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THE SUNSHINE OF MY LIFE; Wordsworth loved them more than daffodils..and no wonder. These little yellow beauties are the first sign of spring.


There was one day last week when, just for a few hours, I felt spring had come.

On that sunny afternoon, pulling on my coat to go to hang out the washing, my nostrils were assailed by a smell that had not been part of my gardening consciousness for a long time.

It was a green smell, an earthy smell – the smell of spring.

It's surprising you can smell anything.

There's been so much rain you feel everything must have washed away.

Sights follow scents. Suddenly there are things to see. Catkins blow in the breeze that is going to dry my sheets and the stone steps down to the terrace en route to the washing line are edged with green and yellow.

And what a shockingly vivid yellow it is. It takes your breath away then makes you smile. Celandines must have the most blatantly coloured flowers ever.

Amid the dun remains of last year's life, they pull back their petals to absorb the sun's warmth. No petals in the world are as yellow or as lustrous. Buttercups come close – after all, they are near cousins – but the shine of celandine flowers as they open wide in the first spring sunshine is almost dazzling.

Ranunculus ficaria is the earliest of the buttercup clan and has evolved to cope with torrential rain by closing its petals to protect its inner workings when skies darken. Its petals or sepals are green–backed, camouflaged until the sun re–emerges. They are the happiest of flowers and the most welcoming.

Strange, then, that just the mention of their name can strike terror into some gardeners' hearts. It's true ranunculus ficaria can become a nuisance.

Once it has arrived, it will spread and the more assiduous the efforts to eliminate it, the more liable it is to colonise, producing a new plant from every tiny rhizome the gardener overlooks. Its old name is pilewort and on viewing its bunch of roots, it's easy to see why.

Under the doctrine of signatures – a medieval practice where plants were used to treat the ailments of organs they looked like – celandines were used as a cure for piles.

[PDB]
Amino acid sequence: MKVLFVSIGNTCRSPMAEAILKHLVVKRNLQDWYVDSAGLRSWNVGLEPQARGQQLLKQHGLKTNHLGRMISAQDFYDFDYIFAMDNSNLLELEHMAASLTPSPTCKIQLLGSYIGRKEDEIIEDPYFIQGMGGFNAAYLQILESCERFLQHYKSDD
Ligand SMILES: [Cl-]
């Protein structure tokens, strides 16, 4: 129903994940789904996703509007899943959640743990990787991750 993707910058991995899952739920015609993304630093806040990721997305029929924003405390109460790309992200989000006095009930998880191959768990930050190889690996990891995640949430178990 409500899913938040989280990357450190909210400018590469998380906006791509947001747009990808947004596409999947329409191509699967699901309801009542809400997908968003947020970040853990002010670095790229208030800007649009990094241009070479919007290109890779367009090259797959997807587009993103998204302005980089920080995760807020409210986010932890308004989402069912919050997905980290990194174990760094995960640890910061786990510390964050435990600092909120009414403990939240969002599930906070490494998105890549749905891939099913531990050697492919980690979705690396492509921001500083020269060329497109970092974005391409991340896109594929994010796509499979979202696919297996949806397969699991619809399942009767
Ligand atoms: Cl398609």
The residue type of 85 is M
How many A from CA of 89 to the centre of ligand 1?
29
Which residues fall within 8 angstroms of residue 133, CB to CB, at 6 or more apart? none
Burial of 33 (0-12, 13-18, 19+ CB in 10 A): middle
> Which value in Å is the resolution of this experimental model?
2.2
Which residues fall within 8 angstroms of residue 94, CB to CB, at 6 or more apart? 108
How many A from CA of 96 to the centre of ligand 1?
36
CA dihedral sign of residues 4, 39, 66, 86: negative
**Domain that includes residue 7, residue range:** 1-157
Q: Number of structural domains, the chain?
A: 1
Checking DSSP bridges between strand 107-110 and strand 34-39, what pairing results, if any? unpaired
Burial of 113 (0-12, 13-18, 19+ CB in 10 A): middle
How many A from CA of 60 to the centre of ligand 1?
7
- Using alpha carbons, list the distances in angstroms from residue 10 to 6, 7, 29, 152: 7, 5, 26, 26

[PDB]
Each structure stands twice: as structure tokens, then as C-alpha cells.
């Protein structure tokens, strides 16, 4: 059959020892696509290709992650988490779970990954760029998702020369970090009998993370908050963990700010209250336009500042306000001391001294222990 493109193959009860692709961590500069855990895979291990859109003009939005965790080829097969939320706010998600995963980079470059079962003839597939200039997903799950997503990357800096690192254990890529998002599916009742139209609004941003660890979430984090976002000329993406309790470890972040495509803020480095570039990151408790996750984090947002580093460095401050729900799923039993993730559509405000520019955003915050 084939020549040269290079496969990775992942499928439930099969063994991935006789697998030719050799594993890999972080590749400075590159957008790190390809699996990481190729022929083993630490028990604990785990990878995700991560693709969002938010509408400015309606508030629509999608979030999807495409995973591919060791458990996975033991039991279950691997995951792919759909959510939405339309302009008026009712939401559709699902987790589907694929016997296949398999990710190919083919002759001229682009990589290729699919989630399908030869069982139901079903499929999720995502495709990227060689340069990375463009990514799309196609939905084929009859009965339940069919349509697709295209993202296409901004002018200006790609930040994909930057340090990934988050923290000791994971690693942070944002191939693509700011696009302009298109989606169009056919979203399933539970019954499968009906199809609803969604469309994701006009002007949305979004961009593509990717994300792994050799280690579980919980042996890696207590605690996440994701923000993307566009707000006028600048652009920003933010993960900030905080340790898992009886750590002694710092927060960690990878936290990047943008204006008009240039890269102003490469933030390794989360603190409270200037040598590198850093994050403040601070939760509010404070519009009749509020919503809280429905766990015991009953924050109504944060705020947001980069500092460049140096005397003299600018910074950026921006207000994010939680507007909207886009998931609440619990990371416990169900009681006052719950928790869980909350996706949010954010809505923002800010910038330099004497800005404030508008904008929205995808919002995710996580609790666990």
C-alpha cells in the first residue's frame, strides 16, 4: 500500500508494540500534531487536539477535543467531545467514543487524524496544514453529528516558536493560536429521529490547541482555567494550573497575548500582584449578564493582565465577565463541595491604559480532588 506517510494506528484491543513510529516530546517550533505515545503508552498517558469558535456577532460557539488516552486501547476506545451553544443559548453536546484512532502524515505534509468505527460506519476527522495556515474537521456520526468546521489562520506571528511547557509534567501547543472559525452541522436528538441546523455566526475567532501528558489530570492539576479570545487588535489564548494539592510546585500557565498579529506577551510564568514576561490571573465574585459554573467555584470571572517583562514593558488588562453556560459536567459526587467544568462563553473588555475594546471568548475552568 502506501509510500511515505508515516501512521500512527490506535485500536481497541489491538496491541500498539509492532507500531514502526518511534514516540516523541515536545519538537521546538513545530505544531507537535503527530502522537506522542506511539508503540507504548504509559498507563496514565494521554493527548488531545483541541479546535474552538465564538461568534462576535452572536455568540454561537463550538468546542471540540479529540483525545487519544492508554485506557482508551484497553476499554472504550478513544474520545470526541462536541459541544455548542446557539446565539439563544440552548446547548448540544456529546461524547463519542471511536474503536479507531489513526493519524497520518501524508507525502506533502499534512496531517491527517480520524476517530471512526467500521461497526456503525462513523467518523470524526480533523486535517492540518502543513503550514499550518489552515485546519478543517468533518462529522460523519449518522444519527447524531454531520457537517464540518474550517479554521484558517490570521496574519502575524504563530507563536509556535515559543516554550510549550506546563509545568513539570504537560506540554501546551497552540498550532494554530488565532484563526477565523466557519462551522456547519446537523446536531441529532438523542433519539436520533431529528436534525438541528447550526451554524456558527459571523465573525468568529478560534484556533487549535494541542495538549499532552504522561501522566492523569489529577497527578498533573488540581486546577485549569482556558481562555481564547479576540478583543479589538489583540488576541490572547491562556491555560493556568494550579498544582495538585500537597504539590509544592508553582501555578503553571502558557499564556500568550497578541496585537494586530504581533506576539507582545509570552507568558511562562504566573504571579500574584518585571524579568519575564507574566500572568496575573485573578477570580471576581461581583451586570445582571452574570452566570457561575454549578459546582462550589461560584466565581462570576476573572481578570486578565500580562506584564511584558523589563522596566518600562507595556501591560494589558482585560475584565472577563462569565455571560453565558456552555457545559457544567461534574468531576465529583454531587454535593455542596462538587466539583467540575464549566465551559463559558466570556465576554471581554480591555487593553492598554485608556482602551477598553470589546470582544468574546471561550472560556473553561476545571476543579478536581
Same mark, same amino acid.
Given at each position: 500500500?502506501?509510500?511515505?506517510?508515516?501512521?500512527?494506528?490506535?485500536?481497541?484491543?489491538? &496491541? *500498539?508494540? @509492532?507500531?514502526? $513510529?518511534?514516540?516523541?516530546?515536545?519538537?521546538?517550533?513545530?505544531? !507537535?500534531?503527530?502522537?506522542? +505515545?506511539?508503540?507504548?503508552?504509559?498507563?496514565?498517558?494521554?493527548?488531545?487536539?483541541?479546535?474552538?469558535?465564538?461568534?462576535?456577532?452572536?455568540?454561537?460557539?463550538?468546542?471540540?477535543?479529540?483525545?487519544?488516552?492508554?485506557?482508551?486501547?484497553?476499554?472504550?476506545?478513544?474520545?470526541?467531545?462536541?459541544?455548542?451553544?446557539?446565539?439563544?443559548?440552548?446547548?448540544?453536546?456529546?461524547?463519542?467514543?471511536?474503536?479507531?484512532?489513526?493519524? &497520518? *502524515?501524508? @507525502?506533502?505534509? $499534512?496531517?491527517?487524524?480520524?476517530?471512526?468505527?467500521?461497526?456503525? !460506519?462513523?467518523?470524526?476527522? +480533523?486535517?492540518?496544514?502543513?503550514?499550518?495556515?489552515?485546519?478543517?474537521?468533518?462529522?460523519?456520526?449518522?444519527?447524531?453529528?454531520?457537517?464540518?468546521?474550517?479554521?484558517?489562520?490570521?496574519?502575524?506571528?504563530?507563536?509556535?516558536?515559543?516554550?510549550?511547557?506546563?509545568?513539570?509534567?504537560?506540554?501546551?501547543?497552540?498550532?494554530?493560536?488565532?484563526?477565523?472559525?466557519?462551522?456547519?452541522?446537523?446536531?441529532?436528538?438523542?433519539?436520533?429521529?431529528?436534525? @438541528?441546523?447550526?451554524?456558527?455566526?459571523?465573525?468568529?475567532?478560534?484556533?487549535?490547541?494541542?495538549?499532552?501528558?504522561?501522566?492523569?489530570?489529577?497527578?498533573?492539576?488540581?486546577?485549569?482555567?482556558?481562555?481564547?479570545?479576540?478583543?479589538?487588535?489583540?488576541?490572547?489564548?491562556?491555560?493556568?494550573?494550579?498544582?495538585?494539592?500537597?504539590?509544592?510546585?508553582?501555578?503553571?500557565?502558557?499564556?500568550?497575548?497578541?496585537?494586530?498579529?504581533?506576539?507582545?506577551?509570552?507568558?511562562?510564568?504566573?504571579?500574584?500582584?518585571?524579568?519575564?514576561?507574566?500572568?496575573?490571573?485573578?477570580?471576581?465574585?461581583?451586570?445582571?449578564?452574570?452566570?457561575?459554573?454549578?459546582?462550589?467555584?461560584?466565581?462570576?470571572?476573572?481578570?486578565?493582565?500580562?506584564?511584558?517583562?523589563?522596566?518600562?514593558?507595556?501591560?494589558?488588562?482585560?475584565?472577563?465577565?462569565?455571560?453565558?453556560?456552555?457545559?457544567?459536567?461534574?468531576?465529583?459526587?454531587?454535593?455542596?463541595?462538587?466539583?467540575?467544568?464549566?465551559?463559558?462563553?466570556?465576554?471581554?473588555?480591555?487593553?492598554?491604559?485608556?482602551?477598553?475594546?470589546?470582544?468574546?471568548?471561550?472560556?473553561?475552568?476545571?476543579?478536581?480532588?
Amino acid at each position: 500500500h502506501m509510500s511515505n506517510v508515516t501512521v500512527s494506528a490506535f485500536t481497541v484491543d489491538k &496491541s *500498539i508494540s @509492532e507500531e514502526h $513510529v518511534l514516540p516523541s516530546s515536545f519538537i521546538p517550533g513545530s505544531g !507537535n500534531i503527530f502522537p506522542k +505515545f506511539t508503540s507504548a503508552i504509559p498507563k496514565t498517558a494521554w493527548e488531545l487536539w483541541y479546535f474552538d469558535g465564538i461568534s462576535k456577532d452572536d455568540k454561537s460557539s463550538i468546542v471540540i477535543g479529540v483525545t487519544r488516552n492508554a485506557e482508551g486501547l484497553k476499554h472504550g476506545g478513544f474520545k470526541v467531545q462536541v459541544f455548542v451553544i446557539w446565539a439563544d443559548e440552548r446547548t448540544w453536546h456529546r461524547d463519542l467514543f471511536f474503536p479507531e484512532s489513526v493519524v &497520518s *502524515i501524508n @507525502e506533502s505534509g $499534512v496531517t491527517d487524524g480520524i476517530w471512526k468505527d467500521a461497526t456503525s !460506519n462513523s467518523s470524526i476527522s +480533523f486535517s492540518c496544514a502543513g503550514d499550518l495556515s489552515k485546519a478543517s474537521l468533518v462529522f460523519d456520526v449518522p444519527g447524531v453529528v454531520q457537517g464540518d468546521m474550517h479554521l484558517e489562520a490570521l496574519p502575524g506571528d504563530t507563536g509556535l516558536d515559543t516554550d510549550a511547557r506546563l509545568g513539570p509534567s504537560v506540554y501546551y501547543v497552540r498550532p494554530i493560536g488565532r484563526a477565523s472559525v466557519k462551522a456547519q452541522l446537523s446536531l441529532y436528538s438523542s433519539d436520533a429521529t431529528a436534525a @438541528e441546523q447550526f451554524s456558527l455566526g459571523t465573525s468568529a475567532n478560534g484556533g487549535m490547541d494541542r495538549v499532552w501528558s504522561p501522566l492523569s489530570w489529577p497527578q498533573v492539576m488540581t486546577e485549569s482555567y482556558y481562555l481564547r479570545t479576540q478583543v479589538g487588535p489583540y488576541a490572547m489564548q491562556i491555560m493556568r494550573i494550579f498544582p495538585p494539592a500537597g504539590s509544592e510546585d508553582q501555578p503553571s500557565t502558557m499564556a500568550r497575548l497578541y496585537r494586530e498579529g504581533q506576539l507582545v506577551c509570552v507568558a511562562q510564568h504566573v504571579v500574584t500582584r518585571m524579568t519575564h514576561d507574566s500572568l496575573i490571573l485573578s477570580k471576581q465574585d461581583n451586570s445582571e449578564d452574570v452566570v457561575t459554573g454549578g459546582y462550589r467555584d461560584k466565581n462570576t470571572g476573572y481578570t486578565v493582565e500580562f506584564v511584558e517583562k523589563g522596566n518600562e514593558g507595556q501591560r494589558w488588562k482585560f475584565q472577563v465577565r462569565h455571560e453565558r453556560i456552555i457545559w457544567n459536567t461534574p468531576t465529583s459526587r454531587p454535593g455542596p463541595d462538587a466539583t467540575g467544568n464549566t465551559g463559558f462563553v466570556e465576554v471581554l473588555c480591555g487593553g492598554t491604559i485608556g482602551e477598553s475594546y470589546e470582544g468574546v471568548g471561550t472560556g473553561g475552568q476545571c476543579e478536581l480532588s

Sorry, there's no glamorous way of putting that.

What do you suppose was Wordsworth's favourite flower? Daffodils, surely?

Well no, in fact, the flower he worshipped was the humble lesser celandine – ranunculus ficaria.

He wanted to be associated with it when he died but unfortunately they got it wrong and it is an image of the greater celandine, chelidonium majus, that decorates his monument.

He wrote three poems to the lesser celandine, full of admiration for this plucky little plant which, so early in the year, braves the elements and on the first sunny day, opens its dull buds wide and thrusts up its vivid yellow stars.

I grow several selected forms. My favourite is R.f. Brazen Hussy, found in a wood close to Great Dixter, East Sussex, by Christopher Lloyd and taken home. The straightforward wilding is beautiful but there are many others, discovered in the wild and brought into cultivation.

Brazen Hussy is the most cheerful of all the cultivated celandines with vivid yellow flowers nestling among bronze leaves.

It has become a favourite for an early show in damp ground – we'll all have plenty of that this spring. Bright–blue spring skies are reflected in both its flowers and foliage on a sunny day.

When I add celandines to the garden, I plant them pot and all, with the pot rim submerged. When they have finished flowering, either lift the pot and plant something in its place or leave it in situ and remove spent flowers before they get a chance to seed everywhere.

In contrast to enjoying the foliage of celandines, it's time to say goodbye to some leaves.

The beautiful burnished foliage of epimedium versicolor neosulphureum has looked good all winter but its time is up.

Its delightful heart–shaped leaves must go if I'm to marvel at the exquisite flowers and translucent new foliage that accompanies them as they emerge.



PROLIFIC Ranunculus ficaria is attractive but can be aggressive

MIX UP Chelidonium majus or greater celandine

POETIC Wordsworth loved the lesser celandine

IT'S OVER Beautiful petals of eppimedium
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Title Annotation:Features
Publication:Sunday Mail (Glasgow, Scotland)
Date:Feb 23, 2014
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